• Interesting?? (Score:4, Insightful)

    by Meshach (578918) on Friday February 11, 2011 @07:06PM (#35182202)

    Interestingly, the rankings of the top 7 best-selling ebooks are unchanged if you also include their print sales.

    So people who use ebooks are normal people just like you and me. Who'd have thunk?

    • Re:Interesting?? (Score:5, Interesting)

      by jc42 (318812) on Friday February 11, 2011 @07:20PM (#35182296) Homepage Journal

      So people who use ebooks are normal people just like you and me. Who'd have thunk?

      Not at all. Normal people don't read. If you read dead-tree books or ebooks, you are ipso facto not normal.

      Similarly if you read and respond to /. articles. However, if you reply without reading them, you just might be normal.

      • by Phoghat (1288088)
        If you sit on your couch, drinking beer and belching the "William Tell Overture", you might be normal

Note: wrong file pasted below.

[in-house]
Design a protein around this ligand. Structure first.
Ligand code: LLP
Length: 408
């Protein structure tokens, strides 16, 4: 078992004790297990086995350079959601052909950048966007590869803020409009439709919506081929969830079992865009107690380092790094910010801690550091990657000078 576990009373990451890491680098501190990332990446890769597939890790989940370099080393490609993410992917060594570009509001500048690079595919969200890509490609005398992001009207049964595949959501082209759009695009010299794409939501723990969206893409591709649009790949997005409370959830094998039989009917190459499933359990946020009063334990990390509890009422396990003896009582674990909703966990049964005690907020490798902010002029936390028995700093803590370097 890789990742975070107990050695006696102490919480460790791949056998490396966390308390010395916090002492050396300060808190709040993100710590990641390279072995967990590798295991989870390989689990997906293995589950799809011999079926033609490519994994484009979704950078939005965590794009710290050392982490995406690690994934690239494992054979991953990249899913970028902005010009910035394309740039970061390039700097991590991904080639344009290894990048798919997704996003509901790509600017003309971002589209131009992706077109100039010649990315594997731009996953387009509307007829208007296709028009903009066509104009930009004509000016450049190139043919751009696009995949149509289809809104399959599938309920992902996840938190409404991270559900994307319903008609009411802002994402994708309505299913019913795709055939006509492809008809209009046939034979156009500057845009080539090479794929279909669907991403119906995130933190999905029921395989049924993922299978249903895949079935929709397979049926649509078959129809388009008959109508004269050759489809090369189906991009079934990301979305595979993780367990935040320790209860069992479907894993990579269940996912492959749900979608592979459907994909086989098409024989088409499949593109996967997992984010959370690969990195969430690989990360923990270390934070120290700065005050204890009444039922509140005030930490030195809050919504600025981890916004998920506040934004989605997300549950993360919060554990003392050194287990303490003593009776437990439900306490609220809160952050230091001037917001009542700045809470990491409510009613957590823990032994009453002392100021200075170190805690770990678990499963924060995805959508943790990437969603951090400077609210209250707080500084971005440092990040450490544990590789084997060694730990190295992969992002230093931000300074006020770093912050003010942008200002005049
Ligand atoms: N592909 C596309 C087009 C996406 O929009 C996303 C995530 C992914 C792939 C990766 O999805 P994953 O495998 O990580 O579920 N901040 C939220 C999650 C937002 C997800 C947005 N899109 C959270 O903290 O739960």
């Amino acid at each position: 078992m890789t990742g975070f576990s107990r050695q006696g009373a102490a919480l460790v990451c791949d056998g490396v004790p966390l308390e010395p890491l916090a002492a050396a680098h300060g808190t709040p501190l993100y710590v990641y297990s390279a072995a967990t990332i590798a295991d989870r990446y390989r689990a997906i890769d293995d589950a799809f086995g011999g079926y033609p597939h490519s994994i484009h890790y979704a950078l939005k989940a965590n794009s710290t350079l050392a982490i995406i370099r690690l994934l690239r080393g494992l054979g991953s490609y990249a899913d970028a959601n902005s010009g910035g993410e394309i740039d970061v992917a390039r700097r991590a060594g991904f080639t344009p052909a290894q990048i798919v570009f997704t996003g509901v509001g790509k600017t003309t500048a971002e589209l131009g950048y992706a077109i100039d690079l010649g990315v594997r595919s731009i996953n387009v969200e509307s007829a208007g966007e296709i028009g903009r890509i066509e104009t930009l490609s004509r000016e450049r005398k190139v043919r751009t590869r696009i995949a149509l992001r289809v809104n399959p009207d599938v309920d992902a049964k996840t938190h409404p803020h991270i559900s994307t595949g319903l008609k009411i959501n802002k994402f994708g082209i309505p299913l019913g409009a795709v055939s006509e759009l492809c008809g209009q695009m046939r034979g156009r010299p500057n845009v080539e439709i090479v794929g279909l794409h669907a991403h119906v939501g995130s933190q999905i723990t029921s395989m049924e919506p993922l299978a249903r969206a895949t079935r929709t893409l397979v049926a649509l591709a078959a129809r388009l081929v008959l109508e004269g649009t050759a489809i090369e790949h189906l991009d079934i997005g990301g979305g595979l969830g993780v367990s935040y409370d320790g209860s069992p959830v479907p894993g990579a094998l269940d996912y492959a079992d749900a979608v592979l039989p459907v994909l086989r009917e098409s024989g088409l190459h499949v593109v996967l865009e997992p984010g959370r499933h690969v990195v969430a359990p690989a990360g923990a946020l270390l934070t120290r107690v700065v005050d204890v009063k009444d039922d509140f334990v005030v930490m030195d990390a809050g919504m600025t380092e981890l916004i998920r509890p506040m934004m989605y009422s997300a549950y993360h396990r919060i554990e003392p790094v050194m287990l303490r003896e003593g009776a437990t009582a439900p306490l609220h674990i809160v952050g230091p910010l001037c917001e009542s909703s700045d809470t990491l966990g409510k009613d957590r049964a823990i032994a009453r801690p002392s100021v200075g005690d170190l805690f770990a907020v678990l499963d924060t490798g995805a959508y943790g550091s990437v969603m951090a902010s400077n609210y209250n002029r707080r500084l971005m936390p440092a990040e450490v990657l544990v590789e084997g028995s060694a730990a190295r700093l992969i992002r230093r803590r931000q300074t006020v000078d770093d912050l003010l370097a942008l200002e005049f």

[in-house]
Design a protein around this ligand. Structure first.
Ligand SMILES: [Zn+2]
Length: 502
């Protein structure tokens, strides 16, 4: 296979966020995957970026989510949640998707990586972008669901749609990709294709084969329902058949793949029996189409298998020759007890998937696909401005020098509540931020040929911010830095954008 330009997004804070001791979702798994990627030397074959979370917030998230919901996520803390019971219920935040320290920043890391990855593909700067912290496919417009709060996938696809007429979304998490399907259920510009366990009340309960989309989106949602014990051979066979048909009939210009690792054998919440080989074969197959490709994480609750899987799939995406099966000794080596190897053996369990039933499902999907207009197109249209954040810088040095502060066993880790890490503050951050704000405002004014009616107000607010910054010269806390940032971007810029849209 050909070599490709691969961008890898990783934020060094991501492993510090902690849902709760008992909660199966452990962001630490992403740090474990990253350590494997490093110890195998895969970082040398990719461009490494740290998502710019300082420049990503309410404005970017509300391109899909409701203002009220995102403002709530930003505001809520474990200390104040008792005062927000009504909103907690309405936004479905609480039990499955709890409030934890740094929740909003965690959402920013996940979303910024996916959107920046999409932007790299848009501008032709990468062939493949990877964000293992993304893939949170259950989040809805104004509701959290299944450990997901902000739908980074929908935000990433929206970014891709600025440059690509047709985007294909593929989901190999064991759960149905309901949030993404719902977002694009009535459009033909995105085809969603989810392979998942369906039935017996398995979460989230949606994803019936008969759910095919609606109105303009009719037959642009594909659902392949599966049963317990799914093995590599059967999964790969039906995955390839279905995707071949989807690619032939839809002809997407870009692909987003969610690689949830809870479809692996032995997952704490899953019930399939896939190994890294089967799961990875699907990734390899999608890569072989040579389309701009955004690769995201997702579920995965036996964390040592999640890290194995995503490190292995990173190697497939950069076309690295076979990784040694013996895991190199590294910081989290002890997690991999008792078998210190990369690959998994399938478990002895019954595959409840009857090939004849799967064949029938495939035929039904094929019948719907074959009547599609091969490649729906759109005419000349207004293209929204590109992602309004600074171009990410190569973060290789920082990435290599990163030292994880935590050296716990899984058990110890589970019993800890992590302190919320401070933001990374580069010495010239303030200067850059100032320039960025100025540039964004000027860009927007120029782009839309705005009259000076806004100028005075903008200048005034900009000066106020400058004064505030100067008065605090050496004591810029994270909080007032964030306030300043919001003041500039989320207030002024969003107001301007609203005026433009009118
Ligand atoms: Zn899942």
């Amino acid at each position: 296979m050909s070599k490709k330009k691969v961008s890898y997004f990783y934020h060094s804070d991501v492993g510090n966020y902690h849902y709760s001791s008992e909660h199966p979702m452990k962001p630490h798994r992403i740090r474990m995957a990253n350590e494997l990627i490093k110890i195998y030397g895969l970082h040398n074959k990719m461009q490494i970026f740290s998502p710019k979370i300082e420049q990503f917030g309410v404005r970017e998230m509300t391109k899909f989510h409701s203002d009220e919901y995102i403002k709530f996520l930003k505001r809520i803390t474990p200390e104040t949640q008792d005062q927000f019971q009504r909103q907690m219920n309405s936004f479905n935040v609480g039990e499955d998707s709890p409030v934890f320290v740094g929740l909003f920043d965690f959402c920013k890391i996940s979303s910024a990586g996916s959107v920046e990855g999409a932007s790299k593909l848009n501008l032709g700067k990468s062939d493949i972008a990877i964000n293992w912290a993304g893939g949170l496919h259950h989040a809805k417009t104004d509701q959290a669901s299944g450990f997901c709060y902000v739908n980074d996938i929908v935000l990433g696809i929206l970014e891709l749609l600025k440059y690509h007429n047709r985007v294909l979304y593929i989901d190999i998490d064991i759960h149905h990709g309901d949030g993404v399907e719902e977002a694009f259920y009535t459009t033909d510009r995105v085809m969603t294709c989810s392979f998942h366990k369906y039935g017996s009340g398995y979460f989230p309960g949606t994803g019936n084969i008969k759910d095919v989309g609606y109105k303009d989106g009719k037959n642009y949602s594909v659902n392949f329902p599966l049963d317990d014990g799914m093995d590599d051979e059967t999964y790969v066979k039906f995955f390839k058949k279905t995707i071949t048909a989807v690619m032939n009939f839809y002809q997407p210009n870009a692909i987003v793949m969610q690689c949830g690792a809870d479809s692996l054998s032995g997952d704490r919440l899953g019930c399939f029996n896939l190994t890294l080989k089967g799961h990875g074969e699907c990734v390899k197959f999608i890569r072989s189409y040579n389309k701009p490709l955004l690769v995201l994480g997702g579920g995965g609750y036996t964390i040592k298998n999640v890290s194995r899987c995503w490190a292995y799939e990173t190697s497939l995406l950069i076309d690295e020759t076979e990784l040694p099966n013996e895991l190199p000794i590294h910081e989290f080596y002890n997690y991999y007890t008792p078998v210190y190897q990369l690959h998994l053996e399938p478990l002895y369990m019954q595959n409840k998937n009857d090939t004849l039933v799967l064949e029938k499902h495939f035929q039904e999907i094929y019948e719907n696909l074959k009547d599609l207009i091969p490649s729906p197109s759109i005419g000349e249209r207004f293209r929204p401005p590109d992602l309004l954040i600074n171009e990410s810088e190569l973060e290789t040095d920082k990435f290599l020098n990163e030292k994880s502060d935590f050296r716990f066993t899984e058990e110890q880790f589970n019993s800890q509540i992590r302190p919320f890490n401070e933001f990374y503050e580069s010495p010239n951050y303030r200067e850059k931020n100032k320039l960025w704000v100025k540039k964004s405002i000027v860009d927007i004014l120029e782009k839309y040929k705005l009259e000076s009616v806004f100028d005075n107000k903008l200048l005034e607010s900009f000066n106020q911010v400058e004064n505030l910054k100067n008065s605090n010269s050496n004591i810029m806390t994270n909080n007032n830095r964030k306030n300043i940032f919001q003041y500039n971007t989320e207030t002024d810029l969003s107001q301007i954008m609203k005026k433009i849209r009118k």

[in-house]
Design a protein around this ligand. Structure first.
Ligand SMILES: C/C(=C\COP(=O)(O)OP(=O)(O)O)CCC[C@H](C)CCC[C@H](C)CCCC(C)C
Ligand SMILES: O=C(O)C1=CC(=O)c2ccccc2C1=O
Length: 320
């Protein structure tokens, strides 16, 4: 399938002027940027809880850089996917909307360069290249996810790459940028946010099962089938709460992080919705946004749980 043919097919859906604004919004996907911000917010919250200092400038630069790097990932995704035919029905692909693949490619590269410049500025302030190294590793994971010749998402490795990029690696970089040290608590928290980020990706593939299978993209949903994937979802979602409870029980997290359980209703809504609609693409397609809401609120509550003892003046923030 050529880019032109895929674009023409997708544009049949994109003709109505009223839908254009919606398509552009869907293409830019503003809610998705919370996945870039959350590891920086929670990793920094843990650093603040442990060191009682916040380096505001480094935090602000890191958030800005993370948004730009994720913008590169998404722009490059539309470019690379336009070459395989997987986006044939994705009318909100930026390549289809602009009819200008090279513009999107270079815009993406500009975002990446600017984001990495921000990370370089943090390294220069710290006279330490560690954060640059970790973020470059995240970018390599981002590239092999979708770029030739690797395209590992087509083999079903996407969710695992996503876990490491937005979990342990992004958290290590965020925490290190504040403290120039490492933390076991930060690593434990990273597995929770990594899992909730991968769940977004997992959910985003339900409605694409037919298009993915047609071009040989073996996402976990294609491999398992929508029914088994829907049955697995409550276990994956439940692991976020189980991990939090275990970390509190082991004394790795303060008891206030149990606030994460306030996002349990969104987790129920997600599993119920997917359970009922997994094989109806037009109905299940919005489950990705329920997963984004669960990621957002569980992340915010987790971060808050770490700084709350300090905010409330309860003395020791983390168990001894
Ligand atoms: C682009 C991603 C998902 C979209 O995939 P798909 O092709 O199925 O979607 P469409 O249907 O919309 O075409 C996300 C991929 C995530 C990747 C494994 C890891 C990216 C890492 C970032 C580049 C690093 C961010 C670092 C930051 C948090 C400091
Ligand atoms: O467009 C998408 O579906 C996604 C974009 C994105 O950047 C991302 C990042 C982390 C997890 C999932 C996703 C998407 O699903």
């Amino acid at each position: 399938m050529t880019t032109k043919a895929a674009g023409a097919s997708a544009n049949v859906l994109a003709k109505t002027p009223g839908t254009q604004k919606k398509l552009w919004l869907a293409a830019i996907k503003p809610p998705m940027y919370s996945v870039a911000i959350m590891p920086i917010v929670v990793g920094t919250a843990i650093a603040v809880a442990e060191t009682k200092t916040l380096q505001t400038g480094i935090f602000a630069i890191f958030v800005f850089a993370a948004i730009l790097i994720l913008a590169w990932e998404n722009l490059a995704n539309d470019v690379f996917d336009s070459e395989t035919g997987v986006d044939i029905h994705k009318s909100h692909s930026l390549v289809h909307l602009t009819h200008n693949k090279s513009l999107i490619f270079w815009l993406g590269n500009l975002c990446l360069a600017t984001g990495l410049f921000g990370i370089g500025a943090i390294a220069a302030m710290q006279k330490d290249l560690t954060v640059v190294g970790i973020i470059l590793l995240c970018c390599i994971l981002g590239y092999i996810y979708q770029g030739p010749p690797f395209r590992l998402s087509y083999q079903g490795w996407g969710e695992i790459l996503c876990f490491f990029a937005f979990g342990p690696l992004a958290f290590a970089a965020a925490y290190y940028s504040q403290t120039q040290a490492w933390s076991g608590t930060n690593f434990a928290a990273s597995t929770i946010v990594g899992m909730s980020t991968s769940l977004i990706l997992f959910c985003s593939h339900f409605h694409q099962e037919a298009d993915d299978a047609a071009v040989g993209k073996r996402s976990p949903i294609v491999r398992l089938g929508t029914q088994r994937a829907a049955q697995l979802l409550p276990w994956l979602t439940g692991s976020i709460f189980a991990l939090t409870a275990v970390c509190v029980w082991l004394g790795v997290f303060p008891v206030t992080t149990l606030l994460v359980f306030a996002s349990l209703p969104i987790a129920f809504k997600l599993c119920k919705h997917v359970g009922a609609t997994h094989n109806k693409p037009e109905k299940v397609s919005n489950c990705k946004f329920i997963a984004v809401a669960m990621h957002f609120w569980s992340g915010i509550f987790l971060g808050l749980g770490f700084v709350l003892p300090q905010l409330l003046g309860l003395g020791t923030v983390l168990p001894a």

• Re:Interesting?? (Score:4, Interesting)

      by hedwards (940851) on Friday February 11, 2011 @07:36PM (#35182418)

      One of the issues with the best sellers lists is that it's subject to manipulation, nobody really knows how many copies of a given book are out there at any given times. Ebooks for the portion they make up, should be a lot more accurate in that respect.

      • The vagaries inherent in selecting best-sellers do not really stem from problems of accuracy.

        At present, there are only two entities that track overall sales of a book: the publisher, which tracks books shipped and/or returned, and Bookscan, which kind of sort of tracks books sold at the register.